Emma Caresimo, a 40-year-old mum from Magor in South Wales was stunned when bailiffs showed up at her house and threatened to take her car. They demanded payment of a fine for dropping a cigarette butt in Wigan. The fact that she didn't smoke, and had never been to the town didn't seem enough to persuade them they'd made a mistake. It's the latest dramatic consequence of councils deciding to take a heavy-handed approach to litter.
Emma, who runs an artists' agency in Newport, said the bailiffs boxed in her Volkswagen Golf, and told her to clear her belongings out of it, because they were taking it away to be auctioned.
She was forced to pay the £650, to keep hold of her car. She told the Daily Mail: "Magor is a small place and people were looking. It was so embarrassing and I had done absolutely nothing. It was totally bizarre."
She told Wales Online that she called police, who confirmed that the bailiffs were legitimate, so there was nothing they could do.
She then called Wigan Council, and was told there had been an administrative error - and that a woman from Liverpool who shares Emma's birthday and maiden name (Smith) had actually dropped the cigarette. A spokesperson said the council itself hadn't made a mistake, and had issued proceedings against the woman in Liverpool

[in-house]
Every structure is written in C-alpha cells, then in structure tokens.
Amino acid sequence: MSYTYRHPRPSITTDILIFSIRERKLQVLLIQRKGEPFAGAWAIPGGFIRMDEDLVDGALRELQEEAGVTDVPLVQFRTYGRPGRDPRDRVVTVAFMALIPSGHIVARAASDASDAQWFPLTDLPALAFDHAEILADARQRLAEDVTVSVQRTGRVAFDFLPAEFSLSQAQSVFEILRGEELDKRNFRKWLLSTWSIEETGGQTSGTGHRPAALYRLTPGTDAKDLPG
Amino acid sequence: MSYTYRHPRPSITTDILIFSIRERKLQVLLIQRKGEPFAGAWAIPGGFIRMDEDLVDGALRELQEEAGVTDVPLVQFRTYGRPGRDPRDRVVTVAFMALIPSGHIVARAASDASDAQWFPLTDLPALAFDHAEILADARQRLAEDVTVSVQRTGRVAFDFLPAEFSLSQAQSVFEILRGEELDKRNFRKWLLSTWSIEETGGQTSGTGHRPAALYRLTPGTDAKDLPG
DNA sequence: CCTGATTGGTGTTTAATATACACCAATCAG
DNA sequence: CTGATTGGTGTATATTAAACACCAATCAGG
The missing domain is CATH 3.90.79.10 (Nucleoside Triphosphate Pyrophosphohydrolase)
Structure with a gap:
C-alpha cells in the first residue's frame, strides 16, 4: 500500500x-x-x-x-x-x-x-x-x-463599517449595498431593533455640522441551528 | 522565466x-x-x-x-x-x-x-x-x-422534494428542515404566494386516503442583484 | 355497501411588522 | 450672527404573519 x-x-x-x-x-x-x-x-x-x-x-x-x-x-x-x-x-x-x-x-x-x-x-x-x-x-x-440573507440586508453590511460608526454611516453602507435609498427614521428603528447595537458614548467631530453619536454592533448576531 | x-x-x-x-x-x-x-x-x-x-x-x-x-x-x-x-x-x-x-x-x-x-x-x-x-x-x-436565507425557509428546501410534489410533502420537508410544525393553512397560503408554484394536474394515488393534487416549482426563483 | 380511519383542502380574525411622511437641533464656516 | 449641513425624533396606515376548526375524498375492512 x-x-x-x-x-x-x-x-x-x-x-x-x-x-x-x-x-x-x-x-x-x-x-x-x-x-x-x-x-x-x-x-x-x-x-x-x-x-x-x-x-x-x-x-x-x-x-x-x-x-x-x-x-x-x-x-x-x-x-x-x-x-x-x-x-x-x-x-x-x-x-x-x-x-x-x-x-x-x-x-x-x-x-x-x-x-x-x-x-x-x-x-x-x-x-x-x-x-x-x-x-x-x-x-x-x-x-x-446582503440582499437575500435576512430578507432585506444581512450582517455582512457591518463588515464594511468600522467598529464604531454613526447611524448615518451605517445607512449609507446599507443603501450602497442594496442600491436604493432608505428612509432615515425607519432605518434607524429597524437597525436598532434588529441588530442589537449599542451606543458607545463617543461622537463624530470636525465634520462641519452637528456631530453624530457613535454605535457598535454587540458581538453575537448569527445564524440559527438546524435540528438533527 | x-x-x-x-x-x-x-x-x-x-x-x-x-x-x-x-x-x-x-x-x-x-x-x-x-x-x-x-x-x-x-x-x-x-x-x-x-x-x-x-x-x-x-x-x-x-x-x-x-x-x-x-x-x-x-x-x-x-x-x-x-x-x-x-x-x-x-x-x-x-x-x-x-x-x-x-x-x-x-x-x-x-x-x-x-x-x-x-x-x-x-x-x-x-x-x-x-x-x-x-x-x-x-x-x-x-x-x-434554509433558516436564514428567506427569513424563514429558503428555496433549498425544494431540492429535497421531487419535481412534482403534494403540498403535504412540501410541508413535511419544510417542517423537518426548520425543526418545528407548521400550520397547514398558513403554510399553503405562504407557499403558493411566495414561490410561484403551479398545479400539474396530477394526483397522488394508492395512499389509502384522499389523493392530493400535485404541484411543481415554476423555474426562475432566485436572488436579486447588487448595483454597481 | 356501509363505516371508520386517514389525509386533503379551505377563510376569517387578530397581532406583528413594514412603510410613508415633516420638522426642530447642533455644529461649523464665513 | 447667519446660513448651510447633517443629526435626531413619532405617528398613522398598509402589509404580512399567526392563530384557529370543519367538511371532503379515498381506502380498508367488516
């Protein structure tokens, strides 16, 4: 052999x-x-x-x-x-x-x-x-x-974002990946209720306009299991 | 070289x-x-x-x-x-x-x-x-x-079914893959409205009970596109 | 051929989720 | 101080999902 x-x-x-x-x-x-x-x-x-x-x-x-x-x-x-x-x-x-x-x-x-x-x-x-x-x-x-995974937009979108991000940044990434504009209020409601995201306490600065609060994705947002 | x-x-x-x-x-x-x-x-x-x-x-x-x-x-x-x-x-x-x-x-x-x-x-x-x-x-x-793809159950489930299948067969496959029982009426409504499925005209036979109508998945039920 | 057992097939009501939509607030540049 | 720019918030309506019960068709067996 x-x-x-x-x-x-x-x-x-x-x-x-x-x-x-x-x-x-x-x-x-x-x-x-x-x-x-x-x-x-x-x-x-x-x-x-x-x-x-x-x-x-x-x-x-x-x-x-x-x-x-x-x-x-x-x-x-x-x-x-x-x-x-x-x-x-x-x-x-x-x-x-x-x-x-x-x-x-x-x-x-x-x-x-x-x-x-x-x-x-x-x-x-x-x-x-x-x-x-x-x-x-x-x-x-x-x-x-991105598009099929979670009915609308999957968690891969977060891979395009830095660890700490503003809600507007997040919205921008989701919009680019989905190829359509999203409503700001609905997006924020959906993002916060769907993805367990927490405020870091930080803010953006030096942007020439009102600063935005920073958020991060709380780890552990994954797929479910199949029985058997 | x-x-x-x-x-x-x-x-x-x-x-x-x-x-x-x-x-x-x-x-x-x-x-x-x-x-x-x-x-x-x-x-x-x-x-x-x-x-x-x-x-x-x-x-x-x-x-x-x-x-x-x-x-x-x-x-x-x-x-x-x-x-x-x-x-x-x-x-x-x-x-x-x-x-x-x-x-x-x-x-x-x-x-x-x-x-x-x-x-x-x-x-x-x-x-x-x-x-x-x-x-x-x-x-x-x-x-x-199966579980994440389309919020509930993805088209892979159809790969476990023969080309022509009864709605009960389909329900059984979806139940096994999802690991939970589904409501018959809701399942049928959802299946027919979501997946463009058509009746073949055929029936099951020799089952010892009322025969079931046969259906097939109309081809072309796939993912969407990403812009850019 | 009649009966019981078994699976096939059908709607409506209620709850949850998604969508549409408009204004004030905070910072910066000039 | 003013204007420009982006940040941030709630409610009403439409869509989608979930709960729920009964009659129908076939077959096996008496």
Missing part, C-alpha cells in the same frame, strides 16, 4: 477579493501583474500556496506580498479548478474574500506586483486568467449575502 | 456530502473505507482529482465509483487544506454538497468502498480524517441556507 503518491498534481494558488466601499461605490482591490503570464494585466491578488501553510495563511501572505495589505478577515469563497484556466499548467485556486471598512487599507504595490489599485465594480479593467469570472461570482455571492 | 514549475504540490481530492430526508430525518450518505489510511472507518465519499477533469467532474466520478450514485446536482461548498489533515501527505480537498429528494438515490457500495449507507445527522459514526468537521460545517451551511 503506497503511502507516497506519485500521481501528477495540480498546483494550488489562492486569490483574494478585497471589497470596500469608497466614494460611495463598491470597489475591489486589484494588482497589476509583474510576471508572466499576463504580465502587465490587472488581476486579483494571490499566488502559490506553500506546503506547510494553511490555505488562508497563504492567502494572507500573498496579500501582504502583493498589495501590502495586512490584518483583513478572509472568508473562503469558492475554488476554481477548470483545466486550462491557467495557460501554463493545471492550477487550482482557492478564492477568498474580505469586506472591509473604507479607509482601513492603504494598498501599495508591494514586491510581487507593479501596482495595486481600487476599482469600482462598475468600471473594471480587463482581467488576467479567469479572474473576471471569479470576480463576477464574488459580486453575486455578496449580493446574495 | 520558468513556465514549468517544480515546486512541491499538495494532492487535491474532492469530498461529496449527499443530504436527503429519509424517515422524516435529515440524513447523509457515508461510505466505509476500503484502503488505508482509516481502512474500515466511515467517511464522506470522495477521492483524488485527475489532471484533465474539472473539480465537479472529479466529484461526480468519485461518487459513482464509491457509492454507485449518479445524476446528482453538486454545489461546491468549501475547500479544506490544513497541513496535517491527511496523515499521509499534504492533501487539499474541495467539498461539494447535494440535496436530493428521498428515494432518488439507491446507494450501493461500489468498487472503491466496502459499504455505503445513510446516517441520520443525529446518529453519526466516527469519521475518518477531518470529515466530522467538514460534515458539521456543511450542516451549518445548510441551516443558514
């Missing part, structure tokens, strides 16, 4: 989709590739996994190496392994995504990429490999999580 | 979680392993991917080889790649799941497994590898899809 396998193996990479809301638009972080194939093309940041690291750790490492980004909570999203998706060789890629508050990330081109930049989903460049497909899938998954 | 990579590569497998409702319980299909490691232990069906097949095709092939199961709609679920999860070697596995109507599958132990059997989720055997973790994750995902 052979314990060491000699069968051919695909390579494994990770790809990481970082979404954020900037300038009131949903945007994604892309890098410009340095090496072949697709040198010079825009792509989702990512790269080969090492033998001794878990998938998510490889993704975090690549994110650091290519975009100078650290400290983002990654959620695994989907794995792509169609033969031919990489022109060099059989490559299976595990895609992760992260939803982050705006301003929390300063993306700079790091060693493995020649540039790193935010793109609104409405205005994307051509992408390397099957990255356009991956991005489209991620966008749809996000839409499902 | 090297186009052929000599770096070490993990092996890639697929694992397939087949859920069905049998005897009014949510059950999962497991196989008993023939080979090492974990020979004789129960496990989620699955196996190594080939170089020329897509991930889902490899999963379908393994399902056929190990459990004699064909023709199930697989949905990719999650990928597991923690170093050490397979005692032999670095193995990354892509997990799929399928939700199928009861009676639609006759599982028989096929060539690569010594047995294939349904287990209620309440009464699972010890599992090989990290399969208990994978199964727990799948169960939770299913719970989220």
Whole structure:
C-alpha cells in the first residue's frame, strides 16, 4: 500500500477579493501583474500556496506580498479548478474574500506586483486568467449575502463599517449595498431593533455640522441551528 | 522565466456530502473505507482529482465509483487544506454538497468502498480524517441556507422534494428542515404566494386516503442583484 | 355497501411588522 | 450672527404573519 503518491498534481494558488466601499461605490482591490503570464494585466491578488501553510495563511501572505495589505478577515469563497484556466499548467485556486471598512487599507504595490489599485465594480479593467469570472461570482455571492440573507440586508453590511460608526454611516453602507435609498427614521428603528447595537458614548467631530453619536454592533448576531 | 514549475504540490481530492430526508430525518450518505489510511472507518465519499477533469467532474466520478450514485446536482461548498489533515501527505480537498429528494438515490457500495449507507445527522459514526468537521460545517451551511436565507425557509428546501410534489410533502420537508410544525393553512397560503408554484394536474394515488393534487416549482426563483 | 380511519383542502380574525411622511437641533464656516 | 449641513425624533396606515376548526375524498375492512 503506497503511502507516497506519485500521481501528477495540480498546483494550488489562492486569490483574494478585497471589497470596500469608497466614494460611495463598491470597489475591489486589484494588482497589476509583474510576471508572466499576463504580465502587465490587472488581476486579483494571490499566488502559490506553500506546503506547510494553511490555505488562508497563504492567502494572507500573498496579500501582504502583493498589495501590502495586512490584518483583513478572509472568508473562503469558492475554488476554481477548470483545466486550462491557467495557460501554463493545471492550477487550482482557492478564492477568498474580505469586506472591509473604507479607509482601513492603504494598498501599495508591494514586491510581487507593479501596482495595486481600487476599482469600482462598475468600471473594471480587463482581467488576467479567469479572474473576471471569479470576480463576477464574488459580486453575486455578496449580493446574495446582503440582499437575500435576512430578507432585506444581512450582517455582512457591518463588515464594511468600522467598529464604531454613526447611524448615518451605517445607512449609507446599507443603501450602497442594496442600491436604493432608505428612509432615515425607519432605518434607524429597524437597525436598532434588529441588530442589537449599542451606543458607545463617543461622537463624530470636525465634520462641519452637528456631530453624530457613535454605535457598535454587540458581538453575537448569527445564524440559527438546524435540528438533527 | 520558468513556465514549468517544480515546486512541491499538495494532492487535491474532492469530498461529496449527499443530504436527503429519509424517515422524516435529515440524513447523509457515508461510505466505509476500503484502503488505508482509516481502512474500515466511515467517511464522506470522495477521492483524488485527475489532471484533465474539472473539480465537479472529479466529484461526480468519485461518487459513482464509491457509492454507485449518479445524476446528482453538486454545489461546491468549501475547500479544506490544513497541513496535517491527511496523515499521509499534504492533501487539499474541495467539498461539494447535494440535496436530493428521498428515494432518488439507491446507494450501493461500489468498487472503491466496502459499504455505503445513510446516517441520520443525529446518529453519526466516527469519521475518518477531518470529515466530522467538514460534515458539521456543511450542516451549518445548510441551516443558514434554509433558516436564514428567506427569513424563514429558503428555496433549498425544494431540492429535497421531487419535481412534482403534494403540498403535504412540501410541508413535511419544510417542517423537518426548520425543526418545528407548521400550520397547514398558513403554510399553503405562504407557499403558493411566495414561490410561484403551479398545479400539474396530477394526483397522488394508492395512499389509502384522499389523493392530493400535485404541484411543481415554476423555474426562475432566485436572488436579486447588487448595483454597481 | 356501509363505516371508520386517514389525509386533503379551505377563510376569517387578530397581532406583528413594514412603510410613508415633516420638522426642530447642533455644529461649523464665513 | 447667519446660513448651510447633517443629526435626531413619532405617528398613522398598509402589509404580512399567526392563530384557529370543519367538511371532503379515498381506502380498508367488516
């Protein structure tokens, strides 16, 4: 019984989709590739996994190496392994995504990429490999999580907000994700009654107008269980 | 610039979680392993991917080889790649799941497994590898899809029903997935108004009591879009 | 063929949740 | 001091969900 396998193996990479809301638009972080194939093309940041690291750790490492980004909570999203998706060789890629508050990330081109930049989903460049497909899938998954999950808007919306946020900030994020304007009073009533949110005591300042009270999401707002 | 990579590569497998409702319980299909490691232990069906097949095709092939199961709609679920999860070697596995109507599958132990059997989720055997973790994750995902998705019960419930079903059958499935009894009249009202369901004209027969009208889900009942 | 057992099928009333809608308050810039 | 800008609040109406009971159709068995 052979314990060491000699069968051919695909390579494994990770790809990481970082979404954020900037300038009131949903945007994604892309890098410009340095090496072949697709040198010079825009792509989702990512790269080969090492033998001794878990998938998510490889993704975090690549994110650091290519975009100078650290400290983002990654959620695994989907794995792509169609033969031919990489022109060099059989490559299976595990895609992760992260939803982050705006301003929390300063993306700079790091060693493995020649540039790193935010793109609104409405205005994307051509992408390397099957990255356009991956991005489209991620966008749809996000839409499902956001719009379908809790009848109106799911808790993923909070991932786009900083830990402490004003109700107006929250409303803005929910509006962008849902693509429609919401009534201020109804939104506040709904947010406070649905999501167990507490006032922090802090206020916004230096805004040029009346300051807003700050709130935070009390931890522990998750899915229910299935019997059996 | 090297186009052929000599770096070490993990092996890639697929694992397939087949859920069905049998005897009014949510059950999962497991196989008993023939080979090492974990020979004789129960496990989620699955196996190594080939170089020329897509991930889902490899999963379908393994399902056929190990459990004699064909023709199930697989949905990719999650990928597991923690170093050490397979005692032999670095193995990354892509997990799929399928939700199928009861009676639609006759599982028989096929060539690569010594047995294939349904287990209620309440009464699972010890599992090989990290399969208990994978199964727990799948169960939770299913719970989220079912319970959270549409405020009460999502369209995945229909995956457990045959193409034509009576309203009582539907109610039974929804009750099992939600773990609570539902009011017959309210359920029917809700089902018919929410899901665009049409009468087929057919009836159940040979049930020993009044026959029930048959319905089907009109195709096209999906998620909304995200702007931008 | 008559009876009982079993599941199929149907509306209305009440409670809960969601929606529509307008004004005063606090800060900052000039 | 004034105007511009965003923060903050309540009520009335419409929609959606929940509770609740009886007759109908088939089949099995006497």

A spokesman for HM Courts & Tribunals Service told the Daily Mail: "As a result of human error HMCTS wrongly took enforcement action against an individual with the same name and date of birth as an offender. We are deeply sorry for any distress caused by this regrettable incident and have arranged for the money to be refunded. We have taken steps to avoid this happening in future."
Heavy-handed approach to litter
Clearly Emma has been particularly unlucky to suffer fro this kind of administrative error. However, more and more people are finding themselves facing heavy-handed litter fines.
In January, Marcus Jones, the Communities minister, upped the ante by introducing fines of up to £150 for litter louts - announced as part of the Clean for the Queen campaign. Previously, councils were free to set the fines themselves - and tended to settle between £30 and £80. The aim was to increase the fines to a point that people thought twice before carelessly discarding litter.
Jones told the papers that litter was an anti-social nuisance, that didn't just make the environment less pleasant - but it cost cash-strapped councils hundreds of millions of pounds that they could ill-afford.
Councils, meanwhile, have realised that litter louts could make them money and help pay for some of the cleaning costs. They have brought in private contractors to issue on-the-spot fines, and use the money they generate to pay the private company - with a profit on top.
As a result, we have seen some unusual examples of draconian fines imposed by these companies. These have included a woman who was fined for throwing a piece of Christmas cake to a squirrel in a churchyard in Kent, one who was fined £50 for throwing some of her leftovers to a pigeon in Swansea, and a woman from Coventry who discarded a cigarette butt on her way home from the supermarket - and after refusing to pay and being taken to court, she was eventually left with costs of £504.
But what do you think? Do you support this kind of approach, or do you think it goes too far? Let us know in the comments.